The Tower of Bable; Sins, Secrets and Successes inside the CBC.
Richard Stursberg, Douglas and McIntyre, 2012.

Stursberg was Head of English Services at CBC from early 2004 to the end of 2010. He claims to have ‘saved’ the CBC by focusing on one thing – audience. His credentials in journalism go back to his father, Peter Stursberg, who reported in the 1950’s and earlier, during the latter part of WWII.

The ten chapters begin with his look at the problem facing the CBC. The context is being a public institution and “the worst-financed public broadcaster in the industrialized world, apart from PBS in the United States, and TVNZ in New Zealand” is glossed over. Stursberg sees the problems as being “weak management and a corrosive internal structure”. In his chapter on The Union his opinion is clear, The Union is the problem. His analysis is simplistic seeing unions as being designed to protect members and unable to be creative. “What unions cherish is often the opposite of what creativity requires”. This is very much like the argument that public servants are ‘lazy’ because they have a pension to look forward to. It is an ideological dispute that is toxic and ultimately disrespectful of everyone.

I found the tone throughout this book slightly spiteful. There is a sarcastic aside on every third page to accompany whatever tale he is telling at the time. But I digress, so back to the argument of the book or how the author ‘saved’ the CBC.

Stursberg’s analysis of the need to transition the CBC to become a ‘content’ company rather than a ‘broadcaster’ is more interesting than his polemics. “Greater flexibility and higher levels of cross-skilling and professional competence” however, all sound like the same ideological divide continued. Stursberg reveals his ideological paranoia when he describes the union as wanting to ‘take back’ the CBC, adding, “Perhaps they hoped to see a series of CBC soviets established across the country”. This is just redbaiting and doesn’t advance his ideas about becoming a ‘content’ company.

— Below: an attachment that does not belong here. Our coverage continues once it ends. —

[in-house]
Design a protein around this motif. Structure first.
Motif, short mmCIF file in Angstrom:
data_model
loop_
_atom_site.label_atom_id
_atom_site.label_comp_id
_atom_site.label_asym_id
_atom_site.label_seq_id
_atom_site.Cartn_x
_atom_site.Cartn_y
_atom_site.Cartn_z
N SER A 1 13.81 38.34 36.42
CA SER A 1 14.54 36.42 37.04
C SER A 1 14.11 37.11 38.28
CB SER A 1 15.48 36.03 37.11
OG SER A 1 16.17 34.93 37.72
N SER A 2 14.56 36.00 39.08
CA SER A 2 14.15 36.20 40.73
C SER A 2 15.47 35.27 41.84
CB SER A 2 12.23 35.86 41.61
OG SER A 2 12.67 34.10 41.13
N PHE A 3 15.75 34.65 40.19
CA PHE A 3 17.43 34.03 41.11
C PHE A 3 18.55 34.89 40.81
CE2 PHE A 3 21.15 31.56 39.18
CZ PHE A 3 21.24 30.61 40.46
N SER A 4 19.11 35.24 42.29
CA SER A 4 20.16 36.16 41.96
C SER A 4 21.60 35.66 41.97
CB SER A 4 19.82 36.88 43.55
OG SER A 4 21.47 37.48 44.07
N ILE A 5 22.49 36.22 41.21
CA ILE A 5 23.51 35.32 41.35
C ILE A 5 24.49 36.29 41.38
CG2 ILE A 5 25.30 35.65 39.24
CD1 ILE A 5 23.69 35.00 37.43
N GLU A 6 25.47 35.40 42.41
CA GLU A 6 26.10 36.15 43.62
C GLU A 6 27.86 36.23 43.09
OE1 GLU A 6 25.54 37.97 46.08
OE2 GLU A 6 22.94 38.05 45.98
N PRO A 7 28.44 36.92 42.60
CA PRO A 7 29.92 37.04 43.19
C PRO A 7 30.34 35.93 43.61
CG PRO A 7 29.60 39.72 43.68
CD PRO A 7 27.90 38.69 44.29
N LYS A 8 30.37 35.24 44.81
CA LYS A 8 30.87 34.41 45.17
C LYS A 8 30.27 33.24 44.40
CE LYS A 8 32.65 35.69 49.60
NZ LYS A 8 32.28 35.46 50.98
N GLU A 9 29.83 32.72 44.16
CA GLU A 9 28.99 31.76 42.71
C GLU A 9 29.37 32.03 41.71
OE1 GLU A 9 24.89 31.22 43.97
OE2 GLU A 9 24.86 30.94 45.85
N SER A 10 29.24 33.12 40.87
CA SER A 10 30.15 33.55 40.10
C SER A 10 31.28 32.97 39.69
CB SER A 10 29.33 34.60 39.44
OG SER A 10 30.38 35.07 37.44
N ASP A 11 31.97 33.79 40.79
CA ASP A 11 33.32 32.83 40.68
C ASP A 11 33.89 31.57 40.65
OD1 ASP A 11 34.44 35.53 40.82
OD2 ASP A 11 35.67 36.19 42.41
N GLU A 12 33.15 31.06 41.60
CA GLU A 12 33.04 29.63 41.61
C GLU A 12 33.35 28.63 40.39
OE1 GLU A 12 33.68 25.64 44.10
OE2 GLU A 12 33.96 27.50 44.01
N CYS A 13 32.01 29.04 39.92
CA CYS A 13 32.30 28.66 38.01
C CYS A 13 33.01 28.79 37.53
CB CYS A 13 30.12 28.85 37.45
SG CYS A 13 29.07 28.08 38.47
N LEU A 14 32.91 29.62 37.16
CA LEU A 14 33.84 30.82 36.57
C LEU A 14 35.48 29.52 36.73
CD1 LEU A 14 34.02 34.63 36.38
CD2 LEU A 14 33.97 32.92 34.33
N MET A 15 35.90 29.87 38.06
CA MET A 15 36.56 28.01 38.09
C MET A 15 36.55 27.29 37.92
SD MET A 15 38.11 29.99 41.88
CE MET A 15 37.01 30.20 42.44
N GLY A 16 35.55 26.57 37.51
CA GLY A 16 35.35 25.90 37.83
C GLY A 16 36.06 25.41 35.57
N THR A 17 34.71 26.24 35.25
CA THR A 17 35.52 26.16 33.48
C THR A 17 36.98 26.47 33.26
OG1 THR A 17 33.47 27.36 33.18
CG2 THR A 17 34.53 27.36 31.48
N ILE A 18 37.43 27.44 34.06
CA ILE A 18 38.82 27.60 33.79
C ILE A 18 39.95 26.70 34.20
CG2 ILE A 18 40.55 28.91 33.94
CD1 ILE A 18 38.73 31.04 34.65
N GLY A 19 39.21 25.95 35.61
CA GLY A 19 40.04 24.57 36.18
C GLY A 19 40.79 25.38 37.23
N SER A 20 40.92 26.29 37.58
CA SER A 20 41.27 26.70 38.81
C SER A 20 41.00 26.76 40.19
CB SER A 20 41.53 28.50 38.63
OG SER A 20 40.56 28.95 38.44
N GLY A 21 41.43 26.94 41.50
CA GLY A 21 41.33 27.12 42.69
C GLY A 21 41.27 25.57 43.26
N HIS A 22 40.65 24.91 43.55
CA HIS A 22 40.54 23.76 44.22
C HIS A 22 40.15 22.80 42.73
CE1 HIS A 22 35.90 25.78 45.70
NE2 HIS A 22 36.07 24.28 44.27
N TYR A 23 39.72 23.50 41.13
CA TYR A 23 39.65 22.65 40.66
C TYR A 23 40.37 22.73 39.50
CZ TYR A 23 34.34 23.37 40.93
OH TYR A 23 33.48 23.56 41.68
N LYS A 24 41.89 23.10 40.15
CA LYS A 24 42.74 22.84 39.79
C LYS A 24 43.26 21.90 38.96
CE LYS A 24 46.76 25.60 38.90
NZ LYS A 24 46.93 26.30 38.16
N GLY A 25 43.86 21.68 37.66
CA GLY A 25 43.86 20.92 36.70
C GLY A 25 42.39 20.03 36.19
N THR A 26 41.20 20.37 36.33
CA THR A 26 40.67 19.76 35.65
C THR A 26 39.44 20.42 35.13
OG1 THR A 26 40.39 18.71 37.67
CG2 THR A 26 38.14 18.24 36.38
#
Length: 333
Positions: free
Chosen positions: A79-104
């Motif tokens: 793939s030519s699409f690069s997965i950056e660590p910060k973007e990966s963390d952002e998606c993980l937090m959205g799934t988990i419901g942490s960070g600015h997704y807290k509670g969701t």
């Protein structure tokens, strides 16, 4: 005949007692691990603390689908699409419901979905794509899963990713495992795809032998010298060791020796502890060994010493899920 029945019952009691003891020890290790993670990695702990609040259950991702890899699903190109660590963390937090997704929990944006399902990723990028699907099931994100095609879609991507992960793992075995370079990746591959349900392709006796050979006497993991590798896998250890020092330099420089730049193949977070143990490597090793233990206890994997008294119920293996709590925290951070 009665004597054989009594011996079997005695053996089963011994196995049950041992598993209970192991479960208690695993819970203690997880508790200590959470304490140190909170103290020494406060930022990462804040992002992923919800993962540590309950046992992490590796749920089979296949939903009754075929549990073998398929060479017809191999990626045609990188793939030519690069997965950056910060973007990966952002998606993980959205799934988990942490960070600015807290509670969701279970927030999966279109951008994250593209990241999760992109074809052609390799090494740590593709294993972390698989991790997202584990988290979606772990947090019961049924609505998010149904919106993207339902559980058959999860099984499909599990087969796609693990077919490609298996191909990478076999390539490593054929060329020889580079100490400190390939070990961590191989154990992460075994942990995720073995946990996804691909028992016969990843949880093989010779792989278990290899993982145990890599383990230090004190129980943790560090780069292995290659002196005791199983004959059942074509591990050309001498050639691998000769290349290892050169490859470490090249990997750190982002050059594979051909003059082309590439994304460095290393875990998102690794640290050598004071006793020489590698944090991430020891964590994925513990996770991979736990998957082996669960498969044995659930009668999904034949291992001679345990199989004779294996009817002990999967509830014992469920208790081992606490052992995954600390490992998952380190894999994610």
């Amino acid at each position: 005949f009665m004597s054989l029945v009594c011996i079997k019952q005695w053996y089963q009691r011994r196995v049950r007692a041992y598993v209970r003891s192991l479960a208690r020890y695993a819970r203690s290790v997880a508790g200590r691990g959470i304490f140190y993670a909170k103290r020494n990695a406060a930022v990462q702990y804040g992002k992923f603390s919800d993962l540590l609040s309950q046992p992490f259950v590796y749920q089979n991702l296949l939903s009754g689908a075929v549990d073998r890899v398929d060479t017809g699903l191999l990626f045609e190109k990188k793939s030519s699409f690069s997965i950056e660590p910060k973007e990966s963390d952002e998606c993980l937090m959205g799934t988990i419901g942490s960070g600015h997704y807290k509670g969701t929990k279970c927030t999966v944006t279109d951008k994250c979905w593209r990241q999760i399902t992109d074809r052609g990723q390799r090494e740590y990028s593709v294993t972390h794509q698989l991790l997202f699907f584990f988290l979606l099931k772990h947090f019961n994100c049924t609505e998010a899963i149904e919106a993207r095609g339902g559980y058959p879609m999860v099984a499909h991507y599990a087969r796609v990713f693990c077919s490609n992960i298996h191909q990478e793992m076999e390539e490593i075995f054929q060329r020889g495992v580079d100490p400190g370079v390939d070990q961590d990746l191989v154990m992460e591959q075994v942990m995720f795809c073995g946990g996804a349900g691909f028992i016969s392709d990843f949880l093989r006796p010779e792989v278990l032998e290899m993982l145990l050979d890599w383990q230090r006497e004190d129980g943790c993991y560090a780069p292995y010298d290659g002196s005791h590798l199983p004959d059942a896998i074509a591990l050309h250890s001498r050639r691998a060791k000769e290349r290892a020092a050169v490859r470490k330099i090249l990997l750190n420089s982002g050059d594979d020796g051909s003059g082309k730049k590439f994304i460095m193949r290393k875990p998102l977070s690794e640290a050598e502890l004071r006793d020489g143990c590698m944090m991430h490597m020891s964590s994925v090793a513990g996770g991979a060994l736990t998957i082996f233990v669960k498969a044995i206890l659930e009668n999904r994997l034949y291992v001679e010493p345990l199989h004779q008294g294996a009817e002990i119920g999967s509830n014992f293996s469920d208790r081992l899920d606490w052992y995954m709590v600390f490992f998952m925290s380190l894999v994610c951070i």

Entertainment is a product for content providers and according to Stursberg the CBC was a failure largely because of its perceived constituency, that he calls the “chattering class”. They, he contends, wanted the CBC to be a news corporation with some highbrow shows thrown in. The old strategy was to be distinct from the private broadcasters who programmed American shows almost exclusively. Mini-series and movies-of-the-week were offered as the entertainment component of CBC’s lineup of shows. CFL football and Hockey Night in Canada filled out the sports options (and curling, a very popular winter sport across Canada). Stursberg’s strategy was the opposite. He wanted series with episodes that resolved in sixty minutes. He wanted situation comedies, police procedural shows, reality elimination shows, lifestyle shows and quiz contests. The management attitude to his initiatives was negative. “If it involved anything that appeared to be a lot of fun, was vaguely associated with the USA or seemed to compromise even marginally CBC’s news brand, we would be attacked”.

It seems Stursberg can’t stop himself from throwing out zingers – “The hue and cry in Ottawa and the Globe and Mail about Jeopardy! was breathtaking. One would have thought we were putting on insect-eating contests or plastic surgery competitions”. He uses the colloquial style to bolster his outrage at the high-brows; lots of ‘nope’ or ‘cut no ice’ or references to ‘The Constituency’ keep it clear that he is the voice of the common man. But then he switches to some interesting analysis of the challenges facing the CBC, for instance, the cultural challenge of serving an English audience in Canada compared to the French network. In French-speaking Canada “women in hair salons don’t talk about going to bed with Brad Pitt or George Clooney, they fantasize about Roy Dupuis”, English Canada has no stars. They are all American.

His record on the Sports lineup is dismal. He lost the Vancouver and London Olympics to CTV, curling to TSN, CFL to TSN and took a hit on the NHL flagship Hockey Night in Canada.